An Advocate of Women’s Rights to Education
As a scholar and educationist, much has been discussed, debated and written about my father’s education policies and his ideas for the advancement of Muslim education. However, nothing, or rather very little, is mentioned about what he felt about the education of Muslim girls and the much talked of status of Muslim women.
Having benefited from his ideas concerning these two themes, let me share a few thoughts – interesting because they were far, far advanced for those times.
The education of girls was something he was very interested in; even at a time when Muslim girls did not have any form of schooling. In the 1920s, he encouraged my aunt (his cousin) to sit her London Matriculation Examination. It was a happy day for him when she became the first Muslim girl in Jaffna (possibly in the whole island) to pass this exam. Needless to say I was also encouraged in the pursuit of knowledge.
To my father, reading was the first step towards gaining knowledge and he felt that the reading habit must be fostered among children from a very young age. My brothers and I were encouraged to read books, to buy those which we particularly liked and taught to look after books. I am ever grateful to him for instilling in me the love and respect for books and for the wonderful library of books that he helped me to collect.
At a time when Muslim girls, especially those of well-to-do families, stopped attending school when they attained age, my father would not hear of me staying at home and learning to sew and to cook. At this stage there was no problem – my mother was also keen to allow me to continue my schooling. The real problem arose when it was time to decide whether I should go to University. I must admit that my mother was in favour of a university education but was reluctant to encourage me because of what the family elders would have to say.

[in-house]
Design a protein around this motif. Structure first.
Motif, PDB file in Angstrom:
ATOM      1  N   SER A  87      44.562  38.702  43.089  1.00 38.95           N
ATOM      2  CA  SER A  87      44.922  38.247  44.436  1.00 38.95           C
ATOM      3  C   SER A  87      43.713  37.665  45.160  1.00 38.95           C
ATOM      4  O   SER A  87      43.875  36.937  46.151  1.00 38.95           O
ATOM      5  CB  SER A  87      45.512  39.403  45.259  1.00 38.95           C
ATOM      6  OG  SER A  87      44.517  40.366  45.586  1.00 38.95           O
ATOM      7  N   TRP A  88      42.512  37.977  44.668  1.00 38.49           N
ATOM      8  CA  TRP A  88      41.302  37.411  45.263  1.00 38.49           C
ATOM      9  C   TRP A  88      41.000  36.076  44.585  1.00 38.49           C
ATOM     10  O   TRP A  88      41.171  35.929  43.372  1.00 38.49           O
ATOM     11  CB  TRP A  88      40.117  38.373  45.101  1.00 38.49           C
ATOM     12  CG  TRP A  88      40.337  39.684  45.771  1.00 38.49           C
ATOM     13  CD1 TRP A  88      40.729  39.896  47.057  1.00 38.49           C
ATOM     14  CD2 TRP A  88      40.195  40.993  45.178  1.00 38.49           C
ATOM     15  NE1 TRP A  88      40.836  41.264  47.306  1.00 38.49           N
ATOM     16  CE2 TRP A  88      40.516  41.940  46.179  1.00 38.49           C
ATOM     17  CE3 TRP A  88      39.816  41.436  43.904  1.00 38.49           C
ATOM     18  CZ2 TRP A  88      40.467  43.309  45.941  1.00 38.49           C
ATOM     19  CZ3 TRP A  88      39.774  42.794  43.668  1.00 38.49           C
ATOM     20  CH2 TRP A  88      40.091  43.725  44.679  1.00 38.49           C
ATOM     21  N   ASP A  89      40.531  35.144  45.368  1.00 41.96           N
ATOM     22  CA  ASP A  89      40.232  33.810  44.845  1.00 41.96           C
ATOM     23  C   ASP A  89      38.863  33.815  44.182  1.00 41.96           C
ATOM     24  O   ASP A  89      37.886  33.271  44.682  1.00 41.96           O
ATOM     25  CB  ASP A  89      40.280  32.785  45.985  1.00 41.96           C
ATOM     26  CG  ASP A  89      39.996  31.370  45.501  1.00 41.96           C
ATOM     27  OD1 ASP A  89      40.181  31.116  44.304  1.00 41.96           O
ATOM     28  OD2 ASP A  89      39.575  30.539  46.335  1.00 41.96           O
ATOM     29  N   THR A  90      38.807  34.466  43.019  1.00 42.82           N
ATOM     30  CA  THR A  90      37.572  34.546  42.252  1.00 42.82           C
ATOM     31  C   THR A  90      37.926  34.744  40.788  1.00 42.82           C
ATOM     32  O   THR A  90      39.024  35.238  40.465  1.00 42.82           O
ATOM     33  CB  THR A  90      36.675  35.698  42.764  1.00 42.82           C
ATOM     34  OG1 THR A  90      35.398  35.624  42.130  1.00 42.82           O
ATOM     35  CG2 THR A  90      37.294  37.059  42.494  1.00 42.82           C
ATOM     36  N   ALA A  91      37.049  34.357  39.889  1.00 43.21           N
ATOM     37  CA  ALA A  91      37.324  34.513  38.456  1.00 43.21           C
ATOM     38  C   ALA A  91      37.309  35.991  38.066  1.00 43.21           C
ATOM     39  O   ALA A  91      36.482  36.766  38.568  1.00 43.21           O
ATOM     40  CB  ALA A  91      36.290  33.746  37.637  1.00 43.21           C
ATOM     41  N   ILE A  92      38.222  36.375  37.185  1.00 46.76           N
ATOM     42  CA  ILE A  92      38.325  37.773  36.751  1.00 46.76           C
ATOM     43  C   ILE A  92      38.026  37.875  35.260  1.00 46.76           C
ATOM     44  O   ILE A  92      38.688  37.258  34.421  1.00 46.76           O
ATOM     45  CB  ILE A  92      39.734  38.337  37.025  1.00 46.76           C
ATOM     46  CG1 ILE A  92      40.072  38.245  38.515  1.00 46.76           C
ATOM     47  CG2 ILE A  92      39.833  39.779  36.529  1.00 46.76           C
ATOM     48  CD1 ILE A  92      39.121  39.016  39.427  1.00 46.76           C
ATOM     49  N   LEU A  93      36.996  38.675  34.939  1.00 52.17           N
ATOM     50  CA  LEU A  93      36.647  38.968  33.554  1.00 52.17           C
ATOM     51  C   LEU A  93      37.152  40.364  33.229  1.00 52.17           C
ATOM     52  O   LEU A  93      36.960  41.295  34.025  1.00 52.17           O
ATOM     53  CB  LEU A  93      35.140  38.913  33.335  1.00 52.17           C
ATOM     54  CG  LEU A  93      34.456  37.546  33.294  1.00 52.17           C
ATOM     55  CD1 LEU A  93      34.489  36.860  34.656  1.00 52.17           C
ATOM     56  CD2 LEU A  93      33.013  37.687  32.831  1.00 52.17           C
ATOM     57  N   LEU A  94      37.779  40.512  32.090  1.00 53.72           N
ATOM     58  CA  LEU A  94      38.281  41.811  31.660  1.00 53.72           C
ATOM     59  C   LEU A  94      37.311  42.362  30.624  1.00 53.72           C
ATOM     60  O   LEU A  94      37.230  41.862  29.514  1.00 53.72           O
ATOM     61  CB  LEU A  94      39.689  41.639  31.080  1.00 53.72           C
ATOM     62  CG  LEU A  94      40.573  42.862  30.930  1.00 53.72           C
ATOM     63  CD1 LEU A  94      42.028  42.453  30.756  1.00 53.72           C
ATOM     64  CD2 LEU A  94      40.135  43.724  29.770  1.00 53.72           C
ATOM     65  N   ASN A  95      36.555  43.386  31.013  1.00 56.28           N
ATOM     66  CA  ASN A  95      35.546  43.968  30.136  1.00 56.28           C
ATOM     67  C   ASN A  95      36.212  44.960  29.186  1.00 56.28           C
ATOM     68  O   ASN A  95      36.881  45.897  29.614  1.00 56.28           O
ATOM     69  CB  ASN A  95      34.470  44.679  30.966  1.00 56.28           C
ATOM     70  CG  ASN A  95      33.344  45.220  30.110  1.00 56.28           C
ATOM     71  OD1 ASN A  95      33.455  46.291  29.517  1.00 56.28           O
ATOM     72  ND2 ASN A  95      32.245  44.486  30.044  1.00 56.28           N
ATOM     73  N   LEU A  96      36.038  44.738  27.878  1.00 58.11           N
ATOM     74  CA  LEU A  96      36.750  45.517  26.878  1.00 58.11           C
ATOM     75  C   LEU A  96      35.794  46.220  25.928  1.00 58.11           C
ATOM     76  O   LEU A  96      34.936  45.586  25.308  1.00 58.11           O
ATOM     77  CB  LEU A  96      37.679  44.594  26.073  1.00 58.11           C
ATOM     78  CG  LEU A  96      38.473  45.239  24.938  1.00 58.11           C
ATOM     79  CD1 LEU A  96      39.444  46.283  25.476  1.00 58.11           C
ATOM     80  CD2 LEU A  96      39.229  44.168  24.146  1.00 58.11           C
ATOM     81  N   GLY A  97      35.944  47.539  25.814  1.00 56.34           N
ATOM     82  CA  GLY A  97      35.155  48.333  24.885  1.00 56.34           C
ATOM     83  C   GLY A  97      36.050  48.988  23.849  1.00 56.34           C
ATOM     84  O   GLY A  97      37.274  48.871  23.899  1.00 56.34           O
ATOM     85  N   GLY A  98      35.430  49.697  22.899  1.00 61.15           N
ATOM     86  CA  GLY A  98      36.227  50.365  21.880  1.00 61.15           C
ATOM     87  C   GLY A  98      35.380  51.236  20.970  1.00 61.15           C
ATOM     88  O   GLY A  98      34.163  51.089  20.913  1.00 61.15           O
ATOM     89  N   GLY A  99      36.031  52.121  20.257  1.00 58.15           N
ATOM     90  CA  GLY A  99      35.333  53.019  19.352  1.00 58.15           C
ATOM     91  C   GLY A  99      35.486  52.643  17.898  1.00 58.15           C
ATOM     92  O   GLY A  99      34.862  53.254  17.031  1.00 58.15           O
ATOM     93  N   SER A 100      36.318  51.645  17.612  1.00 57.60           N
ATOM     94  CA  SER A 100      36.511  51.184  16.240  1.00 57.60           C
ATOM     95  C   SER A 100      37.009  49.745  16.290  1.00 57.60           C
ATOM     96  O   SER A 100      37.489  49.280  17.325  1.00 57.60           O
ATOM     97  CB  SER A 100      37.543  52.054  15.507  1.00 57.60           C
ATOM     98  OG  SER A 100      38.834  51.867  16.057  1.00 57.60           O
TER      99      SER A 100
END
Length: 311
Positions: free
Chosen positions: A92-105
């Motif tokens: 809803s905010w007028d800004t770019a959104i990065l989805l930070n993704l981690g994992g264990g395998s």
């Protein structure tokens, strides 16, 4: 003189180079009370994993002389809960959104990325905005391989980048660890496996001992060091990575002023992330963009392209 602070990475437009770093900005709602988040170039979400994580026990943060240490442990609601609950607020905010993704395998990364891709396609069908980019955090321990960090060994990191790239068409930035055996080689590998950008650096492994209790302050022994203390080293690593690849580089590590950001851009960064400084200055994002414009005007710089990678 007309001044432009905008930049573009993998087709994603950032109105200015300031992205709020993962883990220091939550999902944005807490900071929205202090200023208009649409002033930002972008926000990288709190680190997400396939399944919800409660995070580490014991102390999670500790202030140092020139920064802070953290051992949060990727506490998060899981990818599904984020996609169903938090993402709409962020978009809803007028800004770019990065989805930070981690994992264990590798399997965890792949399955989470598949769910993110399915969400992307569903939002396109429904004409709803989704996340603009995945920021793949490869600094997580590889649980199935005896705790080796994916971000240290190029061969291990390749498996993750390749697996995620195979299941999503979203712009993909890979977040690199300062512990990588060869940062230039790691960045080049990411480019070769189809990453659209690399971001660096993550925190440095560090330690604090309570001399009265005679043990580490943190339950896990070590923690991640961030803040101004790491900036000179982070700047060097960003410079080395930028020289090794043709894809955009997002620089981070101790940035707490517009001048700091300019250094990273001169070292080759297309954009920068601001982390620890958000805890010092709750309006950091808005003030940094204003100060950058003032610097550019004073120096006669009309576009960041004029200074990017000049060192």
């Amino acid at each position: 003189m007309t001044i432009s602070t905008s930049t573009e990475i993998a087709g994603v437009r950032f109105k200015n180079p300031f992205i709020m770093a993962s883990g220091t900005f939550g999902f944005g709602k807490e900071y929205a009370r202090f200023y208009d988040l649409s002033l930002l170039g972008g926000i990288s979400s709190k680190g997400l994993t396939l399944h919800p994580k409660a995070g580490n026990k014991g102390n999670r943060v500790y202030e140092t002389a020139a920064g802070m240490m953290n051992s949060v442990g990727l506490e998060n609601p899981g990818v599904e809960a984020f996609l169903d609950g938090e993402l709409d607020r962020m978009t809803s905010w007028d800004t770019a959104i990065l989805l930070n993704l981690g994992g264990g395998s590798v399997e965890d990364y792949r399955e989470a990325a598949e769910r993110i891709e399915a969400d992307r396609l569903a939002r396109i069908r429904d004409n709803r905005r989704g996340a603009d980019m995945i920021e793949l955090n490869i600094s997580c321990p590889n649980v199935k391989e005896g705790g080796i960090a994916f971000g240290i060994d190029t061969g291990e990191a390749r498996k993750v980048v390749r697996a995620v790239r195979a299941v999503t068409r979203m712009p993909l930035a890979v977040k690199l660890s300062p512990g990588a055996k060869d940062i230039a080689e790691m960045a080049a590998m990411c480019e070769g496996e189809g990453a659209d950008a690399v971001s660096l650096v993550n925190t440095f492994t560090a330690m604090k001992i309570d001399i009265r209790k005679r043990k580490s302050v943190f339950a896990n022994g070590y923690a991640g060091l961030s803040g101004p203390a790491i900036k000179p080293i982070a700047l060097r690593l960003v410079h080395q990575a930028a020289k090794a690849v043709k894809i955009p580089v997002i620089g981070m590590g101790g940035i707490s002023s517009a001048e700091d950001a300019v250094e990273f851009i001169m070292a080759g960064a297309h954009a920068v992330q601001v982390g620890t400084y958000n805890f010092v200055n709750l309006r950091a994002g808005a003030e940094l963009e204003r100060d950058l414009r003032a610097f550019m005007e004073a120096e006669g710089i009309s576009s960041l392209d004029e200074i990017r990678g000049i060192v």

I was keen to follow a varsity career and thanks to my father’s insistence I was able to enter the University campus at Peradeniya.
When I was leaving home for the first time to follow this much desired varsity career, my father gave me a piece of advice which I will never forget. I should be happy with my studies; one should not think in terms of material benefits but read the subjects one liked and try to do one’s best.
My mother complemented these sentiments – she told me to enjoy myself and not to study too hard! I did just that and my years spent at the Peradeniya Campus were the happiest of my student life, especially because I was given the freedom to choose my friends and take part in campus activities.
Both my parents advised me not to become (in my words) an Intellectual Snob! I should not look down on those who were less educated than myself – in short, to keep my head. I should also learn those feminine arts of good home-making. Thus during the holidays I attended sewing classes, cookery and cake-decorating courses, which were my hobbies.
The time I entered my teens was one when the Purdah system was rigidly followed. Young girls led secluded lives until they were married off. I remember the married Muslim ladies wearing long black coats, often made of rich velvet, black head-dresses and black face-veil when they attended weddings and other functions, even the cars had curtained windows.